I installed the DuroMax XP10000EH generator at my mom’s place. I got everything in and found a place out of the way to put it, so that people couldn’t see it (I had to move some plants for that). Then I bought one of these great storage sheds to get it out of the weather. It was a jigsaw puzzle, of course. If I were to do it again, I would probably just put together a 2×4 frame and a metal building. The generators do get pretty hot, even though we put a couple of vents in and cut some holes for the exhaust. We have it vented with a little round exhaust pipe. I also cut some holes for the propane and electric lines.
To get the generator over the ramp and into the box, we had to rig something up. We ended up just grabbing one of the 4×4 posts and wedging it in there and strapping it down a little bit, using it to give us about an eight-foot reach, and that lifted it right up in there and over. Once we had it all installed, we thought we were home-free, but we encountered a few more problems. Our Generac cord did not fit in the box, so we took it back to the store, but they couldn’t help us, so I managed to find a proper one online.
We finally had that hooked up into the generator, and then we were just trying to get it to run, as we stumbled upon some issues with the propane – I wish I had researched this a little more beforehand. Now I know it’s mainly because of our half inch pipe. We have a pretty good run – it goes all the way down to the corner of the trailer, and then down to the propane tank, so it’s around 80 feet. Anyway, when we put it in, we figured that the propane adapter is the problem, so we decided to go to one of the propane shops around and just got an elbow and a 3/8 line. We needed a longer one anyway, so that part we needed would have some space, and so that we could move the generator to the center, in order to give it more air.
We got that hooked up, and afterward, it would start, but then immediately shut off. If we would let it sit for a few minutes to build up some pressure, it’d start again and then shut off. So, I did some research, and since we had a low-pressure regulator on the tank, I figured it was not getting enough pressure, of course.
Hindsight, most generator installers already know this, but since we’re learning… Well, we couldn’t get the proper amount of propane at first, so what we did was change the regulator on the tank to a high-pressure one. We do have a propane heater in the shop, so we kind of stole off it, so before winter we have to get a regulator for that.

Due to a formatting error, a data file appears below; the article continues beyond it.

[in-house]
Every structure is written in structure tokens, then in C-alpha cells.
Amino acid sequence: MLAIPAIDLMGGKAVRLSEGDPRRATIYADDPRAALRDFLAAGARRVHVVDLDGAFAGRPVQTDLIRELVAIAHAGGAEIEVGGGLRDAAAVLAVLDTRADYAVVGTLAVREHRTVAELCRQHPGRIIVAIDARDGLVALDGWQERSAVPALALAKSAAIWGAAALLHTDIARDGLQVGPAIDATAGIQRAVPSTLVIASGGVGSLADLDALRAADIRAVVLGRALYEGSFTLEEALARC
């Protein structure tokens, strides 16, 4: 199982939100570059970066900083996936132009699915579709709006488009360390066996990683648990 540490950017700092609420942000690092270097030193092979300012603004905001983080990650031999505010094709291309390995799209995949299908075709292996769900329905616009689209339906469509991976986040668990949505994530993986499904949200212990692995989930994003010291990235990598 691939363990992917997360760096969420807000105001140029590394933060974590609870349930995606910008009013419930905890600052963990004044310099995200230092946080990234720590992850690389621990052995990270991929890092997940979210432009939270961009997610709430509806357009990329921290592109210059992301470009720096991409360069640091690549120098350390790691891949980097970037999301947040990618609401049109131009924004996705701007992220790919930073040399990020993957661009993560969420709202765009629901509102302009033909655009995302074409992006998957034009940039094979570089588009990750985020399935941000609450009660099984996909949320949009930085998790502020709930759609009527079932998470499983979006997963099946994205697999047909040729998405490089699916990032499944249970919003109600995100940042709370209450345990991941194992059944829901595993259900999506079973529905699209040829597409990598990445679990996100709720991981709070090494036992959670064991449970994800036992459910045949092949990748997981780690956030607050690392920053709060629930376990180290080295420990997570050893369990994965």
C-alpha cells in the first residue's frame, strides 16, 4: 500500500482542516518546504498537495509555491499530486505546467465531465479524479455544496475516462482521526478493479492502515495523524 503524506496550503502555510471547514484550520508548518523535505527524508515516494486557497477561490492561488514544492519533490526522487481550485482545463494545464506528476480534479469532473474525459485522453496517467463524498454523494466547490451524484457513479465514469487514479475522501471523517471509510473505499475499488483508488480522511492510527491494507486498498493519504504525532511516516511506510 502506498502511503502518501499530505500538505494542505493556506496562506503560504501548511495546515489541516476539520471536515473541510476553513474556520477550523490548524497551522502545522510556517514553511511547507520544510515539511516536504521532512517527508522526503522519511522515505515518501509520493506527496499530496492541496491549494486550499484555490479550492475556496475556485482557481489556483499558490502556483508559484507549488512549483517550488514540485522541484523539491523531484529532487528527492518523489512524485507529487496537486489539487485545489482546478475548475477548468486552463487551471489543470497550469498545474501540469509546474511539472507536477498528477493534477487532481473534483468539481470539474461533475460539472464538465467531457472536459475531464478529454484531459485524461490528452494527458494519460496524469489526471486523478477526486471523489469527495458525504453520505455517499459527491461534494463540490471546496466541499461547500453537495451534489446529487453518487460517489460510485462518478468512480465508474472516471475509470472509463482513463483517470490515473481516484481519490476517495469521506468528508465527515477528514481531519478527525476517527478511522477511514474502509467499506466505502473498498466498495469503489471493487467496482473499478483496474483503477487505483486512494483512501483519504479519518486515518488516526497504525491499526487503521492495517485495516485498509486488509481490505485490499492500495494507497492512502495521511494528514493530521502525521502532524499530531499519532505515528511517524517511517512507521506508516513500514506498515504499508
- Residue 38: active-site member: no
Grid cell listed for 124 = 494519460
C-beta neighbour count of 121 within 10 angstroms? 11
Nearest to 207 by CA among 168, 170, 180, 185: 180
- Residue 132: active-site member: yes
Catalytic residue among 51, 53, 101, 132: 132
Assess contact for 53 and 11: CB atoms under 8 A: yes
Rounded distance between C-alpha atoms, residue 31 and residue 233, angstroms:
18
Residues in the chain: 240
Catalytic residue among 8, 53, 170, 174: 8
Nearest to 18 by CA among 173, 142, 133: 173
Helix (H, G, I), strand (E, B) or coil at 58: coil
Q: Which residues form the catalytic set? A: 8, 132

We thought we might end up having to change the line even with the 10 psi regulator, but we were not sure, so we were going to try this out first. We were told that this would work for the moment until the winter cold will make the pressure drop, but before then, we just ran the poly tube all the way around. Since we didn’t really need the heater anymore, we just moved the tank down to the corner of the garden, so that it would be 30 or 40 feet away from the generator.
Afterward, I proceeded to change out the regulator on the propane tank to a high-pressure regulator. It started right up with the new regulator in there and did a great job when testing it with the AC, several ceiling fans, and all of the refrigerators. I can hear the generator bog down when the AC kicks on, but that is to be expected. Other than that, everything is fine.
This generator will be great for my parents because at this time of the year it gets hot and muggy, and right after a storm it’s going to be very humid, so the AC is life-saver. We also managed to run the coffee maker and the microwave when everything else was running, and it worked (even though the generator became pretty noisy). This DuroMax XP10000EH should work just fine for the main things somebody would use during a power outage.
Anyway, once you’re done with it, you turn everything off, and the lockout plate does its function. There are, however, little things you can hook up in your breaker box, like a little light or alarm that will let you know you when the electricity comes back. I have one on a pole in the front yard coming straight in, so my mom will be able to notice right away when that light kicks on. Unless it’s in the daytime – then, they’ll just have to wait.
This story was about learning as we go, so I hope you learned something about propane, distances, pressures, and everything. You’d think that if you hooked the generator up to propane, then it would run – well, no. The guys at the propane shop were really helpful, talking about the pressures, and even they weren’t sure whether the problem was the volume. After all, it proved to be pressure. Because this is a portable generator, and it’s designed to run off of a tank, they said there might not be enough pressure to open the pressure regulator in the generator.
So, that’s why, when we hooked up a BBQ to the tank, it worked just fine – because there’s 150 psi coming off of that, which caused the regulator in the generator to kick on and allow propane. So, it could have just been not enough pressure in our case.
If you start reading about this subject, you will find out that some people put a 4-inch pipe for about two feet right before they hook up to whatever they’re hooking up – that’s in case there’s a surge, and they need an instant power boost of propane. In conclusion, this experience was worthwhile for me – I definitely learned something new, and, hopefully, so did you.